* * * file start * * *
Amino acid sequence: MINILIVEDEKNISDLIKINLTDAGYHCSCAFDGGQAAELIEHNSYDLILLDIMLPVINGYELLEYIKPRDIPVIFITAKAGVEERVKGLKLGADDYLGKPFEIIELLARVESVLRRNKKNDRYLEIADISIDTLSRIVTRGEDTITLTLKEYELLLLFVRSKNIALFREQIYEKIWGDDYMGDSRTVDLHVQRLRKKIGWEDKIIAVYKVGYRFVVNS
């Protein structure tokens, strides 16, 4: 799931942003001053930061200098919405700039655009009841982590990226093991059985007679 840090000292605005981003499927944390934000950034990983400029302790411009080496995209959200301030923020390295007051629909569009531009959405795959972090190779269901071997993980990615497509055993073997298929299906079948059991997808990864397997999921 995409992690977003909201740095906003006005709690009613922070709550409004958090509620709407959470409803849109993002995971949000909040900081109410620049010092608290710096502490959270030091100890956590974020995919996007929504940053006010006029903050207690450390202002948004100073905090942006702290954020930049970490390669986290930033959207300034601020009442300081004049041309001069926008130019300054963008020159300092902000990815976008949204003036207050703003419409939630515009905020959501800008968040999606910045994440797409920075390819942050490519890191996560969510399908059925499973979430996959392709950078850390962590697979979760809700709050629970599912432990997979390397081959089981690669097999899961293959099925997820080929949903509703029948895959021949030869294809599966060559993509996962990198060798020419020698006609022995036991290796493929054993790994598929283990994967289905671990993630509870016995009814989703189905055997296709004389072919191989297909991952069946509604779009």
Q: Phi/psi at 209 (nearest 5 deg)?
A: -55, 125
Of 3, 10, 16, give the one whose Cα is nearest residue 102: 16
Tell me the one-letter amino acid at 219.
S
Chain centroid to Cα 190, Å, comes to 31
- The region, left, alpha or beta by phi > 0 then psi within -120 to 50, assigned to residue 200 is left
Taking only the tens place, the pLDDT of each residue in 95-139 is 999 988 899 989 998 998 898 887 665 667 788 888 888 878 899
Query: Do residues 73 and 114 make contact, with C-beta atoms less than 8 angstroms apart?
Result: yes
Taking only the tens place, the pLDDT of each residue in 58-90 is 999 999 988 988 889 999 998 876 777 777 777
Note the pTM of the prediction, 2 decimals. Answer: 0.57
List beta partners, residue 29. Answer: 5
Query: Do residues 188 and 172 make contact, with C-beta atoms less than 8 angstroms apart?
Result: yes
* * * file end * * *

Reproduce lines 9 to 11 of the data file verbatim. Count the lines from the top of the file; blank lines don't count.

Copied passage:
- The region, left, alpha or beta by phi > 0 then psi within -120 to 50, assigned to residue 200 is left
Taking only the tens place, the pLDDT of each residue in 95-139 is 999 988 899 989 998 998 898 887 665 667 788 888 888 878 899
Query: Do residues 73 and 114 make contact, with C-beta atoms less than 8 angstroms apart?